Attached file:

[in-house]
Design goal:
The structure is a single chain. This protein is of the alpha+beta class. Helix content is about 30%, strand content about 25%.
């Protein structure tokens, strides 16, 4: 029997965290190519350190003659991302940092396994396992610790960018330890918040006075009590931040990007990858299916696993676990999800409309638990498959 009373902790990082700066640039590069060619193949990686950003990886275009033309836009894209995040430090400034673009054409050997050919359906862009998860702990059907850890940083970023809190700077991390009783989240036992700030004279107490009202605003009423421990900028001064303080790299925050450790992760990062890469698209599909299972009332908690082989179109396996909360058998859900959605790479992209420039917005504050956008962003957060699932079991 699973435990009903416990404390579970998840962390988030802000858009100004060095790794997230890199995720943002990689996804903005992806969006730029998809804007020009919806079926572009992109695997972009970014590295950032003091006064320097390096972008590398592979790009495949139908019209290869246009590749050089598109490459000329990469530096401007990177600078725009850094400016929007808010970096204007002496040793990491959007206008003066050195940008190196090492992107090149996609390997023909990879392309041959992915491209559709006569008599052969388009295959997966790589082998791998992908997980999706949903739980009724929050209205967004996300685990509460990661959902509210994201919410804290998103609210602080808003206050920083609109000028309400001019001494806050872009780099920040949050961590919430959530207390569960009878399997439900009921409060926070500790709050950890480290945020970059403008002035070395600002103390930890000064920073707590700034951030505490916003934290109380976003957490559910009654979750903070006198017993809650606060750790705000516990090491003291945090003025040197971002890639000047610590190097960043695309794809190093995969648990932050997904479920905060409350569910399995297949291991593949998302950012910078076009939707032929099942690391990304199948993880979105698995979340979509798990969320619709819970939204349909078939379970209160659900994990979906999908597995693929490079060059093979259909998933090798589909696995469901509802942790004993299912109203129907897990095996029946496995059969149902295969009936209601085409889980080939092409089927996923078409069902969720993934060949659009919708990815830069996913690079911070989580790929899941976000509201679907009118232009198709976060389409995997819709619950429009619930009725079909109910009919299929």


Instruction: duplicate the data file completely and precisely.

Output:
[in-house]
Design goal:
The structure is a single chain. This protein is of the alpha+beta class. Helix content is about 30%, strand content about 25%.
């Protein structure tokens, strides 16, 4: 029997965290190519350190003659991302940092396994396992610790960018330890918040006075009590931040990007990858299916696993676990999800409309638990498959 009373902790990082700066640039590069060619193949990686950003990886275009033309836009894209995040430090400034673009054409050997050919359906862009998860702990059907850890940083970023809190700077991390009783989240036992700030004279107490009202605003009423421990900028001064303080790299925050450790992760990062890469698209599909299972009332908690082989179109396996909360058998859900959605790479992209420039917005504050956008962003957060699932079991 699973435990009903416990404390579970998840962390988030802000858009100004060095790794997230890199995720943002990689996804903005992806969006730029998809804007020009919806079926572009992109695997972009970014590295950032003091006064320097390096972008590398592979790009495949139908019209290869246009590749050089598109490459000329990469530096401007990177600078725009850094400016929007808010970096204007002496040793990491959007206008003066050195940008190196090492992107090149996609390997023909990879392309041959992915491209559709006569008599052969388009295959997966790589082998791998992908997980999706949903739980009724929050209205967004996300685990509460990661959902509210994201919410804290998103609210602080808003206050920083609109000028309400001019001494806050872009780099920040949050961590919430959530207390569960009878399997439900009921409060926070500790709050950890480290945020970059403008002035070395600002103390930890000064920073707590700034951030505490916003934290109380976003957490559910009654979750903070006198017993809650606060750790705000516990090491003291945090003025040197971002890639000047610590190097960043695309794809190093995969648990932050997904479920905060409350569910399995297949291991593949998302950012910078076009939707032929099942690391990304199948993880979105698995979340979509798990969320619709819970939204349909078939379970209160659900994990979906999908597995693929490079060059093979259909998933090798589909696995469901509802942790004993299912109203129907897990095996029946496995059969149902295969009936209601085409889980080939092409089927996923078409069902969720993934060949659009919708990815830069996913690079911070989580790929899941976000509201679907009118232009198709976060389409995997819709619950429009619930009725079909109910009919299929």